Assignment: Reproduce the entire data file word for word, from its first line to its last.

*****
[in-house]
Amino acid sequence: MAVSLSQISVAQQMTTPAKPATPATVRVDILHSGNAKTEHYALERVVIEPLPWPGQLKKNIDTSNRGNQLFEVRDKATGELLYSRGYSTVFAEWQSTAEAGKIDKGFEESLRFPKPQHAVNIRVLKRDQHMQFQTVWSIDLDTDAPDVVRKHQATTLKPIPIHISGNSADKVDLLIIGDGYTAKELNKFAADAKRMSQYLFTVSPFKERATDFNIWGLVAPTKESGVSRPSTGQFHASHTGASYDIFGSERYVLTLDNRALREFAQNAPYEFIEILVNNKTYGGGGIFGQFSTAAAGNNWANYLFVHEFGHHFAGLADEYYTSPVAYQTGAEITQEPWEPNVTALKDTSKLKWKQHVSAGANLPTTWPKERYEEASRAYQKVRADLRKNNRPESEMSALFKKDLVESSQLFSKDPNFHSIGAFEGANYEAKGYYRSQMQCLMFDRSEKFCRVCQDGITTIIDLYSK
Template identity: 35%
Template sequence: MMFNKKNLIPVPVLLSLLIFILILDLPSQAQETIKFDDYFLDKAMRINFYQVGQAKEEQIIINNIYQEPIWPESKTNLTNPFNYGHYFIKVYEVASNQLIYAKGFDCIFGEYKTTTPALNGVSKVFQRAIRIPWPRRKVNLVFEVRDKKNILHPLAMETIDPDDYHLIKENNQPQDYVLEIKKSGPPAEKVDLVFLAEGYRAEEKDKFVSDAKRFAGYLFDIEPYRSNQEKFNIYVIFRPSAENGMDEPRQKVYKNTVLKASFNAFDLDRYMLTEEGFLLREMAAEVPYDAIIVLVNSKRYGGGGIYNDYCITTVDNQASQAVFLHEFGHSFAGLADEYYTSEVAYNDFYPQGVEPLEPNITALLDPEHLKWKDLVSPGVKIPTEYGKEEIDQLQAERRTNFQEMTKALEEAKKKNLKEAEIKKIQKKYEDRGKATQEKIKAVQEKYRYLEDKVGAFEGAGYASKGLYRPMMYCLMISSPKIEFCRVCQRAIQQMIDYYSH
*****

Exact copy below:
[in-house]
Amino acid sequence: MAVSLSQISVAQQMTTPAKPATPATVRVDILHSGNAKTEHYALERVVIEPLPWPGQLKKNIDTSNRGNQLFEVRDKATGELLYSRGYSTVFAEWQSTAEAGKIDKGFEESLRFPKPQHAVNIRVLKRDQHMQFQTVWSIDLDTDAPDVVRKHQATTLKPIPIHISGNSADKVDLLIIGDGYTAKELNKFAADAKRMSQYLFTVSPFKERATDFNIWGLVAPTKESGVSRPSTGQFHASHTGASYDIFGSERYVLTLDNRALREFAQNAPYEFIEILVNNKTYGGGGIFGQFSTAAAGNNWANYLFVHEFGHHFAGLADEYYTSPVAYQTGAEITQEPWEPNVTALKDTSKLKWKQHVSAGANLPTTWPKERYEEASRAYQKVRADLRKNNRPESEMSALFKKDLVESSQLFSKDPNFHSIGAFEGANYEAKGYYRSQMQCLMFDRSEKFCRVCQDGITTIIDLYSK
Template identity: 35%
Template sequence: MMFNKKNLIPVPVLLSLLIFILILDLPSQAQETIKFDDYFLDKAMRINFYQVGQAKEEQIIINNIYQEPIWPESKTNLTNPFNYGHYFIKVYEVASNQLIYAKGFDCIFGEYKTTTPALNGVSKVFQRAIRIPWPRRKVNLVFEVRDKKNILHPLAMETIDPDDYHLIKENNQPQDYVLEIKKSGPPAEKVDLVFLAEGYRAEEKDKFVSDAKRFAGYLFDIEPYRSNQEKFNIYVIFRPSAENGMDEPRQKVYKNTVLKASFNAFDLDRYMLTEEGFLLREMAAEVPYDAIIVLVNSKRYGGGGIYNDYCITTVDNQASQAVFLHEFGHSFAGLADEYYTSEVAYNDFYPQGVEPLEPNITALLDPEHLKWKDLVSPGVKIPTEYGKEEIDQLQAERRTNFQEMTKALEEAKKKNLKEAEIKKIQKKYEDRGKATQEKIKAVQEKYRYLEDKVGAFEGAGYASKGLYRPMMYCLMISSPKIEFCRVCQRAIQQMIDYYSH